As exemplified in Nikolich U.S. Pat. Nos. 4,403,722; 4,483,474; 4,522,162; and 5,115,944, all of which are incorporated by reference, it is known to use a dispenser such as a fuel cell to dispense a hydrocarbon fuel to a combustion tool, also known as a combustion gas-powered tool, such as, for example, a combustion gas-powered fastener-driving tool, also known as a combustion nailer. Such fastener-driving tools and fuel cells are available commercially from ITW-Paslode (a division of Illinois Tool Works, Inc.) of Vernon Hills, Ill., under its IMPULSE trademark.

One design criteria associated with the use of such fuel cells, which contain separate compartments of pressurized fuel and propellant, is the prevention of leakage of one or both of the above constituents. The objective is to prevent or minimize leakage during the period after production and before use, also known as shelf life, and also during periods when the fuel cell is installed in the tool but the tool is stored or otherwise not in use. As with other aerosol containers, a certain amount of leakage occurs over time. However, in the environment of combustion nailers, there is a concern that gradual leakage over a prolonged shelf life may result in reduced performance of the fuel cell due to insufficient propellant and/or fuel. Accordingly, the present manufacturer recommendations call for a 12-18 month maximum shelf life of such fuel cells to ensure that sufficient propellant and/or fuel remains for expected performance needs.

Another design criterion of such fuel cells is that only a desired amount of fuel or dose of fuel should be emitted by the fuel cell for each combustion event. The amount of fuel should be carefully monitored to provide the desired combustion, yet in a fuel-efficient manner to prolong the working life of the fuel cell. Prior attempts to address this dosage factor have resulted in fuel metering valves located in the tool (U.S. Pat. No. 5,263,439) or attached to the fuel cell (U.S. Pat. No. 6,302,297), both of which are also incorporated by reference. Fuel cells have also been introduced having internal metering valves (“in-can”), as disclosed in commonly assigned U.S. patent application Ser. No. 10/827,551, filed Apr. 19, 2004.

Fuel cells configured for use with external metering valves are similar in external appearance to fuel cells having internal metering valves. While adapters are known for improving performance of such combustion nailers (U.S. Pat. No. 6,796,478), and the external or “on-can” fuel cell metering valves of U.S. Pat. No. 6,302,297 are provided with fuel cells upon purchase, through use, it has been known for such adapters and/or valves to become dislodged from the fuel cell. This results in fuel cells having similar external appearance, but having distinct and incompatible internal performance components.

Regardless of the location of the metering valve, the associated combustion nailer is designed to exert a force on the valve, either on the reciprocating valve stem or on the valve body itself, to cause the stem to retract against a biasing force in the metering valve to dispense a measured dose of fuel. It is important for fuel economy in the fuel cell, and desired operation of the combustion nailer, for only the designated amount of fuel to be supplied to the tool on a dosage basis. Accordingly, it is also material that users of such tools associate the appropriate type of fuel cell with the appropriate tool and the corresponding metering system. It is also important that the combustion nailer be readily associated with the appropriate fuel cell.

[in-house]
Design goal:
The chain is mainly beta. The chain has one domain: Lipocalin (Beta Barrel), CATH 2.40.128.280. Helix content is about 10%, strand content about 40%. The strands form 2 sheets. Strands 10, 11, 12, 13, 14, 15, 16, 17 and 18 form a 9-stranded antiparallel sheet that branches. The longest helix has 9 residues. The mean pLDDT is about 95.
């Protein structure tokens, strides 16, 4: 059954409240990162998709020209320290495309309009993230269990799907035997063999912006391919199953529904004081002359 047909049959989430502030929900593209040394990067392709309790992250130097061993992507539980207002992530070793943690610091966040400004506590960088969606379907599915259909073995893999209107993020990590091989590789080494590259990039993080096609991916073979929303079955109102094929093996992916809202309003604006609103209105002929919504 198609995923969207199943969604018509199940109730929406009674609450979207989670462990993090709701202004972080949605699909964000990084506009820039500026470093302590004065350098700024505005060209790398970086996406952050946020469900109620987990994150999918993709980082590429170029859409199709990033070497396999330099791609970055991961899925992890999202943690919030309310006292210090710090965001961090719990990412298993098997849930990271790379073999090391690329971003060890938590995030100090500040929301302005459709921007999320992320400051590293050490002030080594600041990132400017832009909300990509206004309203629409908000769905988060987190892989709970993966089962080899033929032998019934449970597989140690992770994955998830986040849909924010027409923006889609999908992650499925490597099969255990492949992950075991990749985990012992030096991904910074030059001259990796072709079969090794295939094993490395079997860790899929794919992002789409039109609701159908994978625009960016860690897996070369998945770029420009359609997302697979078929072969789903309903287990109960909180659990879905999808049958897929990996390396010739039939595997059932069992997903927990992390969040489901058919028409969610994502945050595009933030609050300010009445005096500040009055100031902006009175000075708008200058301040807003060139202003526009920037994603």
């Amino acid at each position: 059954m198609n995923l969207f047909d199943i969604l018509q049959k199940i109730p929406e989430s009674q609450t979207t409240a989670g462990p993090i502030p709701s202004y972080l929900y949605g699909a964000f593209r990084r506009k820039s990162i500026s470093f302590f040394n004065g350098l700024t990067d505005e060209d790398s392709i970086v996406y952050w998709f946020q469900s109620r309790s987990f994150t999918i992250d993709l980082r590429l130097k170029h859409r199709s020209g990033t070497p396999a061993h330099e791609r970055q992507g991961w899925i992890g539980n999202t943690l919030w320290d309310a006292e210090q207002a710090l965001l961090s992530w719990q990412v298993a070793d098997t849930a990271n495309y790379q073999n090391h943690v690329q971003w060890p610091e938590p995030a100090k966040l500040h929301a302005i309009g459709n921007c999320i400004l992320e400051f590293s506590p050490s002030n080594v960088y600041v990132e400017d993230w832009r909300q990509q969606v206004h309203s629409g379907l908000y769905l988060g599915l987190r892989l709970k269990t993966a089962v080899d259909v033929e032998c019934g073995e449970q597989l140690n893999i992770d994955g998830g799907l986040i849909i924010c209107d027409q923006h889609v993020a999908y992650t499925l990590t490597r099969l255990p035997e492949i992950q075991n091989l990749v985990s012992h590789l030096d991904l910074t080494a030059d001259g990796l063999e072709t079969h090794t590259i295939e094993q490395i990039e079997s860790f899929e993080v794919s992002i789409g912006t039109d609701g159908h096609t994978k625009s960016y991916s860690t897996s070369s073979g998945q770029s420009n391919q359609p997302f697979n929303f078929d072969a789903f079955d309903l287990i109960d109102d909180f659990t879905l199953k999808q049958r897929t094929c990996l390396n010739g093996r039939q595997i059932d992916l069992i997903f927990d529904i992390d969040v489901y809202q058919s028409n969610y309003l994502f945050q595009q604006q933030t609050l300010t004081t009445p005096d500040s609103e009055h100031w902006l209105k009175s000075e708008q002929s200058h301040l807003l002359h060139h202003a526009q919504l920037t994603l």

Another design criterion of metering valves is fuel leakage. In the case of an internal tool fuel-metering valve, an excessive number of seal locations inherently create multiple opportunities for leaks. In the case of external fuel cell metering valves, to facilitate disposability of the fuel cell and valve, inexpensive materials are used.

Another design criterion of such fuel cells is that when metering valves are attached to the fuel cell, there is some duplication of components, in that a first valve controls the flow of fuel from the cell, and a second valve controls a metered dose of fuel for delivery to the tool for a single combustion event. Such duplication increases the potential for fuel leaks.

Yet another design factor of fuel cell-mounted metering valves is that once the metering valve is operationally installed, the main fuel cell valve stem is continuously open. Thus, the nature of the seal formed by the main fuel cell valve stem changes from a face seal to a radial seal about the valve stem. In this position, the seal is relaxed and provides less effective sealing. As such, there is a greater potential for fuel leakage from the fuel cell.

BRIEF DESCRIPTION OF THE INVENTION

The above-listed needs are met or exceeded by the present interchangeable adapter for an in-can and an on-can fuel cell. An advantage of the present adapter is that it is configured for use with both an in-can cap and an on-can metering valve, increasing the efficiency of the fuel cell, in that a single fuel cell can be used with a variety of tools. The present adapter is also configured to provide a secure connection to the fuel cell, preventing premature removal of the adapter. Further, the adapter is constructed and arranged to provide an improved seal between the fuel cell and the on-can metering valve, preventing leakage and improving the shelf life of the fuel cell.